The Advertising Standards Agency has banned adverts screened between segments of ITV’s Love Island last summer, on the grounds that the promotion of breast augmentation, during peak time, was ‘irresponsible and harmful’. Produced for cosmetic surgery MYA, campaigners argued that they ‘were exploitative of young women’s insecurities’. With Love Island’s target audience mostly made up of young people and an opening episode pulling in 2.9 million viewers, criticism for the broadcasting of the MYA ads across the summer included the above from the Mental Health Foundation, a charity dedicated to ‘finding and addressing the sources of mental health problems.’
The ASA reassessed the adverts, concluding that, ‘… the ad went beyond presenting the lifestyle of women who had breast enlargement in a positive light and implied that the women were only able to enjoy the aspirational lifestyle shown, and to be happy with their bodies, because they had undergone that surgery. We also considered that the focus on the aspirational lifestyle and the tone of the ad, in combination with the statement ‘join them and thousands more’ – which suggested that it was common to undergo breast enlargement and acted as an explicit call to action – had the effect of trivialising the decision to undergo that surgery.”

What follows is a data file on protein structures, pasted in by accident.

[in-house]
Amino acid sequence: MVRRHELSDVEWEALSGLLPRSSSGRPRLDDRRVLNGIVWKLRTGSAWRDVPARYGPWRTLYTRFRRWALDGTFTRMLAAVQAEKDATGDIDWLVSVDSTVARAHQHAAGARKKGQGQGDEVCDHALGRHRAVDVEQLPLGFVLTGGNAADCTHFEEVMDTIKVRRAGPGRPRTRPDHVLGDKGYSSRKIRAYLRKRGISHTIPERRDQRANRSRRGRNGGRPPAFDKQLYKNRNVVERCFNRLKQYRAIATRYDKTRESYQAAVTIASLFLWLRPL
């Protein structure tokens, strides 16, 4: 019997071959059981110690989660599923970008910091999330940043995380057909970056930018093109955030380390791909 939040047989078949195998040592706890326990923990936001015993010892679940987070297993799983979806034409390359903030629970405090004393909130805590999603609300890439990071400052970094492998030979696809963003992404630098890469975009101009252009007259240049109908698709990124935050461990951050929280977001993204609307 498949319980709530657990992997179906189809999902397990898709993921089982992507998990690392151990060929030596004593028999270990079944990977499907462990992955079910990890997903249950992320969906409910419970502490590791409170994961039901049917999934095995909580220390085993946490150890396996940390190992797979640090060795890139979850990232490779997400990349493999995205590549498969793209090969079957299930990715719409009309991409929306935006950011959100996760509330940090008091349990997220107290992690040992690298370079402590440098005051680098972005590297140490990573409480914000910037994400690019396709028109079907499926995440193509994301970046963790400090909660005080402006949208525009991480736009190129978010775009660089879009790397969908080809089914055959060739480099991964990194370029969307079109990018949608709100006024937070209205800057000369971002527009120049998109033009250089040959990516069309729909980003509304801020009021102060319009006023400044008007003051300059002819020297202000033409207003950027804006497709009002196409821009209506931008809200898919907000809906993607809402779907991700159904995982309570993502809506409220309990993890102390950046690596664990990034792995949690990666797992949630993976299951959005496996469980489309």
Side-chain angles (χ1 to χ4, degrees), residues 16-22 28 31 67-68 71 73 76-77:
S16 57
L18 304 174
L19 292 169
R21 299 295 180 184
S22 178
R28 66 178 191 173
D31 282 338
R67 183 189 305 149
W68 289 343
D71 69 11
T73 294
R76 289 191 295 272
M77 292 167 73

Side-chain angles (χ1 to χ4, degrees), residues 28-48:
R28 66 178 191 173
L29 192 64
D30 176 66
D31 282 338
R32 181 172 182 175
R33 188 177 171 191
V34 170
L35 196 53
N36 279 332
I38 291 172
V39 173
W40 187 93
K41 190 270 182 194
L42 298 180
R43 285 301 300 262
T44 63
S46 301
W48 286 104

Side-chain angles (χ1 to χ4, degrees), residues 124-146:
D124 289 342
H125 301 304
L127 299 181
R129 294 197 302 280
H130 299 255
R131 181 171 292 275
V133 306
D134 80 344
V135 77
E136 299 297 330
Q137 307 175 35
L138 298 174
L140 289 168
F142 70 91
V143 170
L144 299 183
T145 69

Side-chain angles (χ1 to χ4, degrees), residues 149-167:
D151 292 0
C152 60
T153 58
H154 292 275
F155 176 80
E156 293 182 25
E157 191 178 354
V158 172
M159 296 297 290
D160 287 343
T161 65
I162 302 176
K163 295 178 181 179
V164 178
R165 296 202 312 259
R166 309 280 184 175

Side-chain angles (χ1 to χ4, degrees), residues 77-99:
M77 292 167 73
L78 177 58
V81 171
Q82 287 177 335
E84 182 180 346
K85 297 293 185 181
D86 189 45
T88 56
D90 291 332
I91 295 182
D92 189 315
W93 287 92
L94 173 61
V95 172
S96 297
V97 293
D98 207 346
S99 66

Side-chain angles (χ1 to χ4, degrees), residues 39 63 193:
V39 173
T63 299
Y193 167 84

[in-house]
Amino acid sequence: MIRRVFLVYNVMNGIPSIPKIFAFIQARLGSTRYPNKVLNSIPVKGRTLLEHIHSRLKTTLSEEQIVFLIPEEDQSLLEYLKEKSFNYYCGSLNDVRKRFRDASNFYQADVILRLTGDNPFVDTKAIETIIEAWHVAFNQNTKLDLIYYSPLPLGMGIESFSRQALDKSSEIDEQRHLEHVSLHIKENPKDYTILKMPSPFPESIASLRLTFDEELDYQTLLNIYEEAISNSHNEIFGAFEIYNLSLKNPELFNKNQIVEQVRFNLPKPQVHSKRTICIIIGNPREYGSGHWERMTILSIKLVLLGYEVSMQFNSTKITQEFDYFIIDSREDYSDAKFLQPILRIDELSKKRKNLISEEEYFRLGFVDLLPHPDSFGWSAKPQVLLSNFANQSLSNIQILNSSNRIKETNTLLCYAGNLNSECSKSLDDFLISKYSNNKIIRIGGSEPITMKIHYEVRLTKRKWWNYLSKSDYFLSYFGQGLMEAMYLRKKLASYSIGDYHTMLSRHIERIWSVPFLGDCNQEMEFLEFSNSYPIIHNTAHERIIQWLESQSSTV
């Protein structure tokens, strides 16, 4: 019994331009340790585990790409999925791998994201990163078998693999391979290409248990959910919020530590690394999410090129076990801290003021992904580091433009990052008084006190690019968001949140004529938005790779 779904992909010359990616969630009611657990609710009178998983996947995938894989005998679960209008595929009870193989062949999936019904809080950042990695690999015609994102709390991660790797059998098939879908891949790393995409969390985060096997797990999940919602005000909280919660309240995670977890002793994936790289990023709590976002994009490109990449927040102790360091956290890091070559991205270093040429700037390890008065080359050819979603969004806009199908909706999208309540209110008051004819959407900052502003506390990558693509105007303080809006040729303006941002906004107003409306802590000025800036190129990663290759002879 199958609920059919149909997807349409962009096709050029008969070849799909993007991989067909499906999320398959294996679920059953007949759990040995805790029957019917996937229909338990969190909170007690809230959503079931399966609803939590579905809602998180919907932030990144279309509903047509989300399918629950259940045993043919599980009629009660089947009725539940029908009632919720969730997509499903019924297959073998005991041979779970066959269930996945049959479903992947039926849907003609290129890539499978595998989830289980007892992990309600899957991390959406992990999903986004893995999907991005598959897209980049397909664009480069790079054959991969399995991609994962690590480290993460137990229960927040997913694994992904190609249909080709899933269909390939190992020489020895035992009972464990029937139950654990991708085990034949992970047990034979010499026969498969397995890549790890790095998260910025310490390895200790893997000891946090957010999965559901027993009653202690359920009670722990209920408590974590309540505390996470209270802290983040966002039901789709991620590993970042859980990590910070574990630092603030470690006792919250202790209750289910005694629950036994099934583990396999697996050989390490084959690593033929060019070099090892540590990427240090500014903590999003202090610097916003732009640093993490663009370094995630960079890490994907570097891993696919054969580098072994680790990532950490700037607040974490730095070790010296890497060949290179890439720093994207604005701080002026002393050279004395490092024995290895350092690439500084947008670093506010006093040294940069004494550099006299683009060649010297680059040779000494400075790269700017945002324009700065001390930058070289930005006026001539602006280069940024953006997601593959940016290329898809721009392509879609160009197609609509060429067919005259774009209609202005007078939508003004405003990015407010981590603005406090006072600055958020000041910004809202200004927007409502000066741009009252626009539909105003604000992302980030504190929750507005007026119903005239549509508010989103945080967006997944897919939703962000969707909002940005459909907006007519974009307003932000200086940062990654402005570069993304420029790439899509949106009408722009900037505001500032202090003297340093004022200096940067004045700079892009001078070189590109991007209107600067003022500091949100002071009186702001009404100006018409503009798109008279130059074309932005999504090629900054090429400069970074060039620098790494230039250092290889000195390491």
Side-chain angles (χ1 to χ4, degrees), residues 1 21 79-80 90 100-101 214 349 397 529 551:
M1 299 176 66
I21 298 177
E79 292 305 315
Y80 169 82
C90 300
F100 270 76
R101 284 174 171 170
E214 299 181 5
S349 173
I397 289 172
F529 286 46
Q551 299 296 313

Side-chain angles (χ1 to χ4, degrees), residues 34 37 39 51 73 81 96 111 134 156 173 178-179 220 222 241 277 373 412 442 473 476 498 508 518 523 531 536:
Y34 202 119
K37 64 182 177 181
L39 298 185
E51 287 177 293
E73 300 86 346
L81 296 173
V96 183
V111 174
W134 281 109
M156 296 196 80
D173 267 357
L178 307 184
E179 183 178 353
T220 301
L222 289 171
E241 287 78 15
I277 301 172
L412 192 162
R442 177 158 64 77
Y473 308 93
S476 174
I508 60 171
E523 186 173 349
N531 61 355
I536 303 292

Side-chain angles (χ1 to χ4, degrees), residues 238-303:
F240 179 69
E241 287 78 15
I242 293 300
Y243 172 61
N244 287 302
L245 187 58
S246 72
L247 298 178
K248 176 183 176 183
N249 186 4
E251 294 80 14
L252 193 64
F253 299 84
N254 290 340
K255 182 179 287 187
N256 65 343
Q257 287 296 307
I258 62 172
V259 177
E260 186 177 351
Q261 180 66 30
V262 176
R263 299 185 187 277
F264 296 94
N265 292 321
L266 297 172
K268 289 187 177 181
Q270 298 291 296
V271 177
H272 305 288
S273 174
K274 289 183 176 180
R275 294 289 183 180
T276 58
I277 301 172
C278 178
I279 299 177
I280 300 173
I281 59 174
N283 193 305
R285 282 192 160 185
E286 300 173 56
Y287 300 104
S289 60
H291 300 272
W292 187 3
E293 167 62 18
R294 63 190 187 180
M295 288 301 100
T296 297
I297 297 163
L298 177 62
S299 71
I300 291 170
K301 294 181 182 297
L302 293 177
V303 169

In response, MYA claimed that, ‘the ad did not explore negative attitudes to body image prior to breast enlargement… featured real patients over 21 and did not imply that the women were only enjoying themselves because of the surgery’. However, the company has now agreed to work alongside mental health charities for their next campaign.
Director of the Mental Health Foundation, Isabelle Goldie, described the ASA’s decision as a ‘watershed moment’.
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